Outside of the puzzles being a little easy, I really only have one more complaint about Linelight and it is king of nitpicky. Throughout the game there are hidden paths that lead to the game’s bonus puzzles. These secret/bonus puzzles just so happen to be some of the game’s best/most challenging puzzles. The problem is that they are kind of hard to find. I played through the whole game, trying every path, and I only found 16 of the 60 bonus puzzles. Unless you want to move in every direction on every line you basically have to get lucky to run into most of them. While this gives you a reason to replay the game to find them I just wish the game would have done something to make them a little easier to find. I would like to play all of the bonus puzzles at some point but I don’t know if I want to waste the time just trying to find them. This is a nitpicky problem though since when one of a game’s problems is that you just want to play more of it, it can’t be that big of issue.
With the game being solely comprised of colored lines and other small shapes, you would think that there wouldn’t be much to the game’s presentation. I have to say that I was surprised by how much I enjoyed the presentation of Linelight. It is an example of how to make a nice looking game while remaining minimalist. The game does more with colored lines than a lot of games do with the latest technology. Add in the fantastic music/score and Linelight has a great atmosphere.
As I was playing Linelight the one thing that I was really worried about was the game’s length. Usually these type of puzzles games aren’t particularly long. Add in the fact that you can get through a lot of the puzzles within a minute or so and I was expecting Linelight to be just a couple hours long. Once again Linelight surprised me since the game actually lasts around 6-7 hours if you don’t skip puzzles and try to find as many of the bonus levels as you can. The reason the game is so long is that there are actually 300 puzzles in the game (240 normal and 60 bonus). If you want to find and complete all of the bonus levels I think the game could take 8-9 hours to finish. For this type of indie game you really couldn’t ask for much more.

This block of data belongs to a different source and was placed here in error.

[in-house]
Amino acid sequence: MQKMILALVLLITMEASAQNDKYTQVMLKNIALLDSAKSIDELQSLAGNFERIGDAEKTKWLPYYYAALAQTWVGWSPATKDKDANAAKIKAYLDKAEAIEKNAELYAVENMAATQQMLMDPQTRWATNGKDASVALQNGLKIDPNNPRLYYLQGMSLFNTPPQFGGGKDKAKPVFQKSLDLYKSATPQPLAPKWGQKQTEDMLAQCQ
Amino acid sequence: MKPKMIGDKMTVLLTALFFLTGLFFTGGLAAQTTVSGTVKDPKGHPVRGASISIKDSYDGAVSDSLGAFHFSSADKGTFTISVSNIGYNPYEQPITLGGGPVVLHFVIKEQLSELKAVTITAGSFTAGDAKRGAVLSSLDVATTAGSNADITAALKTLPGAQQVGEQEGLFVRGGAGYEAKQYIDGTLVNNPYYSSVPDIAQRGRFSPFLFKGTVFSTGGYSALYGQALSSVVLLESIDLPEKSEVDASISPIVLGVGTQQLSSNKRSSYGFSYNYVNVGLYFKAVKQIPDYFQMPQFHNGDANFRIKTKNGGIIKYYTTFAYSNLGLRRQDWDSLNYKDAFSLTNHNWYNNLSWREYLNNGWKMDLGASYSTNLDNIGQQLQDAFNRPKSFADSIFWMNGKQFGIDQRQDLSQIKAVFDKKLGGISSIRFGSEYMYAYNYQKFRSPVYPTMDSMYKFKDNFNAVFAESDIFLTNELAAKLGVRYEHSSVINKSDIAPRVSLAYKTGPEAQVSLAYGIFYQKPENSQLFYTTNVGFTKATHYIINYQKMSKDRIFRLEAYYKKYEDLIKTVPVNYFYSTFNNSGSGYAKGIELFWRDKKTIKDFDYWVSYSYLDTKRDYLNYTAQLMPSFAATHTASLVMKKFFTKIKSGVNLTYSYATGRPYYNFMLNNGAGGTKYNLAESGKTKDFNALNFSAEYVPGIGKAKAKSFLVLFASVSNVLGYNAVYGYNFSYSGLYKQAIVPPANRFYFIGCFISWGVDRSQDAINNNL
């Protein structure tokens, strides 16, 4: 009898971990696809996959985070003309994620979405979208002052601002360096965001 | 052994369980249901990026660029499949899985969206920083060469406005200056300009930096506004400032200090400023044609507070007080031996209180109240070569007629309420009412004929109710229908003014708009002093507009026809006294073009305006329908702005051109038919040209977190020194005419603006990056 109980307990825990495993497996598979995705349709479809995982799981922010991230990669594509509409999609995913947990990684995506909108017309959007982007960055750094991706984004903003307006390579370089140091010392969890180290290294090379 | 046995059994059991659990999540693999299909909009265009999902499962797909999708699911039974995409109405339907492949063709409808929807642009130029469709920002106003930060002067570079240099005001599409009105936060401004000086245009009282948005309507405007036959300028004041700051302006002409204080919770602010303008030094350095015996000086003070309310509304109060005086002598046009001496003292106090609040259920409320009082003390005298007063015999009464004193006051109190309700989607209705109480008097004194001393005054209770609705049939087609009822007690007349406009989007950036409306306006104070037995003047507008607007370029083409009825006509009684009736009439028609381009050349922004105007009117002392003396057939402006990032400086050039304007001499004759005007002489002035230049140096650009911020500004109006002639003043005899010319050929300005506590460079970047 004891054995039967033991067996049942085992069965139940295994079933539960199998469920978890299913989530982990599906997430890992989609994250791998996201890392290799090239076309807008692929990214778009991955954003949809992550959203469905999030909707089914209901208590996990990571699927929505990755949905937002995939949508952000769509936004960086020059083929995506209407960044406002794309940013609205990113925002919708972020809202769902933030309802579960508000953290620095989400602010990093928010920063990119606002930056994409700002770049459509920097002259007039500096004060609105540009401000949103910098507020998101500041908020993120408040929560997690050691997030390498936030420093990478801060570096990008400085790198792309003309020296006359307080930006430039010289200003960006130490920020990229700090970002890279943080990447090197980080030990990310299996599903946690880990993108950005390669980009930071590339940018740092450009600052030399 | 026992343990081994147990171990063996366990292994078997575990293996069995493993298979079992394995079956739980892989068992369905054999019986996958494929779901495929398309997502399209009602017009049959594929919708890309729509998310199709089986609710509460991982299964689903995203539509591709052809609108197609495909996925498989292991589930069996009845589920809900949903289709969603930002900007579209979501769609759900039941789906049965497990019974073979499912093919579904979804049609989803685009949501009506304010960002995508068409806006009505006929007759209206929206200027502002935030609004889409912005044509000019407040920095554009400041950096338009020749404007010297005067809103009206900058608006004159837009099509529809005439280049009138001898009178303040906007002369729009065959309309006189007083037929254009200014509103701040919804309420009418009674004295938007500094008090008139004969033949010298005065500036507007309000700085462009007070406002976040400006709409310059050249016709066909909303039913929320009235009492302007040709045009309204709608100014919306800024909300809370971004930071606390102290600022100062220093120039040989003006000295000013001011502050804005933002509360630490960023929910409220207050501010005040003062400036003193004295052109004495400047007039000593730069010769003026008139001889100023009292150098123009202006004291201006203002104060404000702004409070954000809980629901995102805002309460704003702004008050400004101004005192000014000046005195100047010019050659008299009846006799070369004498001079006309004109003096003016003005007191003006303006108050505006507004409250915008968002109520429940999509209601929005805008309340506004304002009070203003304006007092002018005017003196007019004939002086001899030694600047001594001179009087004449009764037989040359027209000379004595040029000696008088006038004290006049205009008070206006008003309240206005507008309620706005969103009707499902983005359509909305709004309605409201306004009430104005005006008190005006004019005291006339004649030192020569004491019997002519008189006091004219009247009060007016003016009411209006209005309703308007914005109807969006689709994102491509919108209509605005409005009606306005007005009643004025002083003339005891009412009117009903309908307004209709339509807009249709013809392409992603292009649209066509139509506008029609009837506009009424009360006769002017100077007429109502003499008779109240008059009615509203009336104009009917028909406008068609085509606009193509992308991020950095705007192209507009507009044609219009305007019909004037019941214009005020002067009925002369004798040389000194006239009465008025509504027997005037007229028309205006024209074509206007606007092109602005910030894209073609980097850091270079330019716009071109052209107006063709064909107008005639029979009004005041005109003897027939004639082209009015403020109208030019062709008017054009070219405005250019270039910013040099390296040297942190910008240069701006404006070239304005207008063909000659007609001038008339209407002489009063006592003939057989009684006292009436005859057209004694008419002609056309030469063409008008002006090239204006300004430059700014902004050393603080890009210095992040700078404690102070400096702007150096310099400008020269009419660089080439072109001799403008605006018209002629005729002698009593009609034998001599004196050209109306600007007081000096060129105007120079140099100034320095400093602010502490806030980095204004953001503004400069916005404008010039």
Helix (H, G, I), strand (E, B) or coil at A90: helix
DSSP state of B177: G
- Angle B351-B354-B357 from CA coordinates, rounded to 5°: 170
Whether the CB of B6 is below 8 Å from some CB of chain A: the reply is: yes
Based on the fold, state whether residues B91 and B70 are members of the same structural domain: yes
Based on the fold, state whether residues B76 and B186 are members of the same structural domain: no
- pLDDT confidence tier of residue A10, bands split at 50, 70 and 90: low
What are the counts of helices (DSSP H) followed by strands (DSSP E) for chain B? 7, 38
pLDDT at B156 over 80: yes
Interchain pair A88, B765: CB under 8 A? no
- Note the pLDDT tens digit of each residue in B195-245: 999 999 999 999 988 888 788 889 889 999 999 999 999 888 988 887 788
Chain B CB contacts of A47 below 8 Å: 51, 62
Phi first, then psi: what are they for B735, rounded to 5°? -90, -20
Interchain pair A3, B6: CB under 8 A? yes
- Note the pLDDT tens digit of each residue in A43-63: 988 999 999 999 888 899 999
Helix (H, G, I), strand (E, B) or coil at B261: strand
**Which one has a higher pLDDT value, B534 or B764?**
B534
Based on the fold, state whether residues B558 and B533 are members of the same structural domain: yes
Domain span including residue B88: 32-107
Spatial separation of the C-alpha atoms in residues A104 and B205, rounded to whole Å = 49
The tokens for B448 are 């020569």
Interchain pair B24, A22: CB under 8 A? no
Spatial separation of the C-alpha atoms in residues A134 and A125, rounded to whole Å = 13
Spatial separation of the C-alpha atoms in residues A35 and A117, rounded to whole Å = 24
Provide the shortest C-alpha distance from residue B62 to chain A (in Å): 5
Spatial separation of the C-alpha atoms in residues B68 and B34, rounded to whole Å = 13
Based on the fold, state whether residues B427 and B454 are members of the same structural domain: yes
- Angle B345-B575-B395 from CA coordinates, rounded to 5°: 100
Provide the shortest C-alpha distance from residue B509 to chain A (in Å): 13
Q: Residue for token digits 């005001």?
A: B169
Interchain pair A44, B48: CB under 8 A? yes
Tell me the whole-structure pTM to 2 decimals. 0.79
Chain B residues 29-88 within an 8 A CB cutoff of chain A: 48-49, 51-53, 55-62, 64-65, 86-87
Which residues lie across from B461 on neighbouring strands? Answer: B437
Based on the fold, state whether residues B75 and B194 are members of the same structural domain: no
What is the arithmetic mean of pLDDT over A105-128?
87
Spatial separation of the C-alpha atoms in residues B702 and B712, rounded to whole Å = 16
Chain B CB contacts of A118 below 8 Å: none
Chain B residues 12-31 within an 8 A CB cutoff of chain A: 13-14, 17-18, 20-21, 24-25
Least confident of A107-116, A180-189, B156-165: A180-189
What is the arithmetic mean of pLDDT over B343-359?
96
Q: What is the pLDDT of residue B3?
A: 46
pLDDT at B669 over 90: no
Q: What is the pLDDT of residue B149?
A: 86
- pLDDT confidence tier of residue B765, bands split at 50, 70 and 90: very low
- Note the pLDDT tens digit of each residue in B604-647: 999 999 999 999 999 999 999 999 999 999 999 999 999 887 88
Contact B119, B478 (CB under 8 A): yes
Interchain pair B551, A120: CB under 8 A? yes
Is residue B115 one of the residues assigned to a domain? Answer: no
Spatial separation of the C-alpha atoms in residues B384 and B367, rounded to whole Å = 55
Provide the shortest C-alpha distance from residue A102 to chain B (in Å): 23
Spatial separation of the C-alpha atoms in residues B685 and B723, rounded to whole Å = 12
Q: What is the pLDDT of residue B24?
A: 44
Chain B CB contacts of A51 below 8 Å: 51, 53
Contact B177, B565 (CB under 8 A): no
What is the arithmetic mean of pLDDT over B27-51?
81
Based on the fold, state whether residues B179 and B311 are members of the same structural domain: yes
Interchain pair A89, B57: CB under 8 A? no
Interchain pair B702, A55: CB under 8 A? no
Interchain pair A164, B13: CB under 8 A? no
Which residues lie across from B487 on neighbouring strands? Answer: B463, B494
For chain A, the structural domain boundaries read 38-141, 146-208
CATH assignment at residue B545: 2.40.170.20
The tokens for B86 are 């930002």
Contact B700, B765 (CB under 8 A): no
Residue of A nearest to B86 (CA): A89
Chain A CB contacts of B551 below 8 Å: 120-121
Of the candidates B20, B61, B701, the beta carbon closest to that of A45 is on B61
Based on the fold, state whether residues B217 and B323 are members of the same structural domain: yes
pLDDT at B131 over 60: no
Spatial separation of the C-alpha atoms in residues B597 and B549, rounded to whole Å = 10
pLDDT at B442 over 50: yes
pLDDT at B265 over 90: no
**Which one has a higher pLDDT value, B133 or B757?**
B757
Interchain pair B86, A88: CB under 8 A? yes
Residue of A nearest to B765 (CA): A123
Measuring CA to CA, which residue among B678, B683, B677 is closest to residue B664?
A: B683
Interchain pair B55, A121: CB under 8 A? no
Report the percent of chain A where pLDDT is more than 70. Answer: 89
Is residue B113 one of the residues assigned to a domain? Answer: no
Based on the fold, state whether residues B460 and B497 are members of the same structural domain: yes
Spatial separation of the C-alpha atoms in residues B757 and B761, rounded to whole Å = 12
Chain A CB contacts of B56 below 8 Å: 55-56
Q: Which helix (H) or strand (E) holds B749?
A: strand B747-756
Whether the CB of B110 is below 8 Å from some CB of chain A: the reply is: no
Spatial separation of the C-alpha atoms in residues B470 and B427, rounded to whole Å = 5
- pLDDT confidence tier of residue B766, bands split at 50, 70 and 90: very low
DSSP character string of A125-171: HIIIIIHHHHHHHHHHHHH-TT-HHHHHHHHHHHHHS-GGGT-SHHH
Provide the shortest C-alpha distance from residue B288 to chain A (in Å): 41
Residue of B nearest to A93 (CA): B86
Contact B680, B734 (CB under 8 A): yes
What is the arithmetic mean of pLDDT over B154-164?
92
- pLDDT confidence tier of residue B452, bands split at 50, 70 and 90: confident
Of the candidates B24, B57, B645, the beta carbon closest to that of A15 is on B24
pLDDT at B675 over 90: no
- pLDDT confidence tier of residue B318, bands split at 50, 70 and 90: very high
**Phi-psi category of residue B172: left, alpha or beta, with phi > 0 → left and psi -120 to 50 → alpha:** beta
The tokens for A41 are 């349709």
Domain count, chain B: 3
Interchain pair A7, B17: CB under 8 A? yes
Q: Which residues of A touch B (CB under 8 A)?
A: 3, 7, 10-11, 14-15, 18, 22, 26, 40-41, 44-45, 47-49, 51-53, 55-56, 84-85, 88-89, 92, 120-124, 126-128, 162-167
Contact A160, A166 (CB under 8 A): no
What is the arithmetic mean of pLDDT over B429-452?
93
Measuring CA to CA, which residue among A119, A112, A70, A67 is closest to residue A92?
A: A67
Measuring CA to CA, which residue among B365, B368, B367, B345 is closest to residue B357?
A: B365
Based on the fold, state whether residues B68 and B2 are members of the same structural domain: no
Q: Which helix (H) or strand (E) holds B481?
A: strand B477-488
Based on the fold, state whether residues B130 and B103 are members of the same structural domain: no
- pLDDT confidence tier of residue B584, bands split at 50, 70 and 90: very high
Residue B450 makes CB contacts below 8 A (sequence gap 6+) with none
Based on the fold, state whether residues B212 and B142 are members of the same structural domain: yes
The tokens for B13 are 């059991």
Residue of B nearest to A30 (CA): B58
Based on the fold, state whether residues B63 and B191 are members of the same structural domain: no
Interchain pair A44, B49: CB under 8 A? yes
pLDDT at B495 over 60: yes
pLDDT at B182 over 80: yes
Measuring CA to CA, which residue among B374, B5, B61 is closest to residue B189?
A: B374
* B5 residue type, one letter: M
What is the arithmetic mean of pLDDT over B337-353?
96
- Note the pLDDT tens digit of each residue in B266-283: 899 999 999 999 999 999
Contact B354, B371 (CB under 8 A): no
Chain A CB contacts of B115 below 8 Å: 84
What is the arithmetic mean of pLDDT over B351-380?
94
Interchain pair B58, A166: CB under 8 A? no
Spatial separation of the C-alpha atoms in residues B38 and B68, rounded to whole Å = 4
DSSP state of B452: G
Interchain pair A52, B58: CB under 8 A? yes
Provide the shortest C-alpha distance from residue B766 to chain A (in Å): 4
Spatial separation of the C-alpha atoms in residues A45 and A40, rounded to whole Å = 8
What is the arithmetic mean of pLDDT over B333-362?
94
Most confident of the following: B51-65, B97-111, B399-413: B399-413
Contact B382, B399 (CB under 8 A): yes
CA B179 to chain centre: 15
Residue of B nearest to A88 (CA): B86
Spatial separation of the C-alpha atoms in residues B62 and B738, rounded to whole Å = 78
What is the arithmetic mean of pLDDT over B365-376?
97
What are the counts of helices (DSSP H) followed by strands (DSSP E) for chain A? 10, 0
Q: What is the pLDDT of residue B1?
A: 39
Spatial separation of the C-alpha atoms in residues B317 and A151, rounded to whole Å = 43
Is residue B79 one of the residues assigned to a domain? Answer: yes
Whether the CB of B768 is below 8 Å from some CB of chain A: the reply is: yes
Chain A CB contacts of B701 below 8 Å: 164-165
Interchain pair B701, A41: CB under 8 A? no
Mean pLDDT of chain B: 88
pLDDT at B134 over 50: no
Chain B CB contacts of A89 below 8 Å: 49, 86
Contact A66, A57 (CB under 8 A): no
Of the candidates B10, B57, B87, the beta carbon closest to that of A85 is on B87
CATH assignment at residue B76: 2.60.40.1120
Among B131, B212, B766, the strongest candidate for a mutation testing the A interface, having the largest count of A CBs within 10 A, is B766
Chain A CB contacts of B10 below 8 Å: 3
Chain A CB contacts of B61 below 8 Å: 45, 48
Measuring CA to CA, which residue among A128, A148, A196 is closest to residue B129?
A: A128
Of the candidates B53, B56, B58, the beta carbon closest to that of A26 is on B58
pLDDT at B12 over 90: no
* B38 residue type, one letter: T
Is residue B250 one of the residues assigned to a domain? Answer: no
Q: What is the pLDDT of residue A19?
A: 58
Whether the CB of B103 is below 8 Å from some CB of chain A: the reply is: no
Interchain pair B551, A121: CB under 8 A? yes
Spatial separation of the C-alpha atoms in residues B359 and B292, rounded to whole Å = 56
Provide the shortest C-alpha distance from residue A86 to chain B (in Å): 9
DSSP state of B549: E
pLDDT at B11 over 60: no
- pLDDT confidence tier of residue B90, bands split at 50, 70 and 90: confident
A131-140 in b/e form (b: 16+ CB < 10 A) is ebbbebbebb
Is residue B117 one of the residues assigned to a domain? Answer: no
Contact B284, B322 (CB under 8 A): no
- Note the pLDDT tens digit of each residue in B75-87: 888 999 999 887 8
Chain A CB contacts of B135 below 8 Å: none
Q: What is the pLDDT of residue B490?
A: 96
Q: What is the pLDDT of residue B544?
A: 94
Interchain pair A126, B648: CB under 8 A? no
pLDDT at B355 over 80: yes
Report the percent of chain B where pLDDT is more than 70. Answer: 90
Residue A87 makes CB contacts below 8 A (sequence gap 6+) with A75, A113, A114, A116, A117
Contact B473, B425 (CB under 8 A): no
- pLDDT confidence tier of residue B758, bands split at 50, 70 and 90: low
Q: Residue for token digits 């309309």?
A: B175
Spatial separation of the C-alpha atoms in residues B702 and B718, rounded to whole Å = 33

When I first saw Linelight I knew I would like it since I really like these minimalist style puzzle games. Even though I had high expectations, Linelight still found a way to exceed them. While it might not look like much at first, Linelight succeeds at what is most important, gameplay. The puzzles are sometimes a little easy but they are just so well designed. I was surprised with how many unique ways the game uses the few mechanics that it has to create hundreds of puzzles. Add in the great atmosphere and there is very little to complain about when it comes to Linelight.
If you don’t really like these type of puzzle games, Linelight probably won’t be for you. If you like puzzle games though I think you will love Linelight like I did.
We at Geeky Hobbies would like to thank My Dog Zorro for the review copy of Linelight used for this review. Other than receiving a free copy of the game to review, we at Geeky Hobbies received no other compensation for this review.